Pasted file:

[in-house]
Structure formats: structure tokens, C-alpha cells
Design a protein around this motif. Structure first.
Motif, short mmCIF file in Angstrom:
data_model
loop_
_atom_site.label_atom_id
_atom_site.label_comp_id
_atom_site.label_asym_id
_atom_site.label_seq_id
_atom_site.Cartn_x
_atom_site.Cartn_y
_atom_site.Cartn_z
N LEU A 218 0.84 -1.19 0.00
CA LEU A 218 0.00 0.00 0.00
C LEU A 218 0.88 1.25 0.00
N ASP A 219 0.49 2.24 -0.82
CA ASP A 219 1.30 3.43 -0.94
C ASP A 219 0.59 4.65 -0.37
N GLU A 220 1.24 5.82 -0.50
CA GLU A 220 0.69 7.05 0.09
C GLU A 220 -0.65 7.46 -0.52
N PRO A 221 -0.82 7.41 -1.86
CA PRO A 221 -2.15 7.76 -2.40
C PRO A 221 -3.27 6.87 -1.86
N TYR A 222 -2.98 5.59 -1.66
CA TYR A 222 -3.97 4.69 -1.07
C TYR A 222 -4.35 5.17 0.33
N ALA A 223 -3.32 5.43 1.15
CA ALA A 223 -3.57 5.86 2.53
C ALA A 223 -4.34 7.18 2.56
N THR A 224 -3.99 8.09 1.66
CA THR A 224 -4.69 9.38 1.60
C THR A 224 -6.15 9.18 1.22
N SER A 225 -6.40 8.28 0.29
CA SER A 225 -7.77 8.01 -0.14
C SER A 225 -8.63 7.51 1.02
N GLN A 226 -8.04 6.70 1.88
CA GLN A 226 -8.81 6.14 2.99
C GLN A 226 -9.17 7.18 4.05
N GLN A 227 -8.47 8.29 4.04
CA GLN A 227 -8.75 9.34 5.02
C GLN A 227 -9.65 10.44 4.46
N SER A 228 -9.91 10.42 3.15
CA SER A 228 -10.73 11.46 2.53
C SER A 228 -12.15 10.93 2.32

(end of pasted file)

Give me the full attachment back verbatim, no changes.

[in-house]
Structure formats: structure tokens, C-alpha cells
Design a protein around this motif. Structure first.
Motif, short mmCIF file in Angstrom:
data_model
loop_
_atom_site.label_atom_id
_atom_site.label_comp_id
_atom_site.label_asym_id
_atom_site.label_seq_id
_atom_site.Cartn_x
_atom_site.Cartn_y
_atom_site.Cartn_z
N LEU A 218 0.84 -1.19 0.00
CA LEU A 218 0.00 0.00 0.00
C LEU A 218 0.88 1.25 0.00
N ASP A 219 0.49 2.24 -0.82
CA ASP A 219 1.30 3.43 -0.94
C ASP A 219 0.59 4.65 -0.37
N GLU A 220 1.24 5.82 -0.50
CA GLU A 220 0.69 7.05 0.09
C GLU A 220 -0.65 7.46 -0.52
N PRO A 221 -0.82 7.41 -1.86
CA PRO A 221 -2.15 7.76 -2.40
C PRO A 221 -3.27 6.87 -1.86
N TYR A 222 -2.98 5.59 -1.66
CA TYR A 222 -3.97 4.69 -1.07
C TYR A 222 -4.35 5.17 0.33
N ALA A 223 -3.32 5.43 1.15
CA ALA A 223 -3.57 5.86 2.53
C ALA A 223 -4.34 7.18 2.56
N THR A 224 -3.99 8.09 1.66
CA THR A 224 -4.69 9.38 1.60
C THR A 224 -6.15 9.18 1.22
N SER A 225 -6.40 8.28 0.29
CA SER A 225 -7.77 8.01 -0.14
C SER A 225 -8.63 7.51 1.02
N GLN A 226 -8.04 6.70 1.88
CA GLN A 226 -8.81 6.14 2.99
C GLN A 226 -9.17 7.18 4.05
N GLN A 227 -8.47 8.29 4.04
CA GLN A 227 -8.75 9.34 5.02
C GLN A 227 -9.65 10.44 4.46
N SER A 228 -9.91 10.42 3.15
CA SER A 228 -10.73 11.46 2.53
C SER A 228 -12.15 10.93 2.32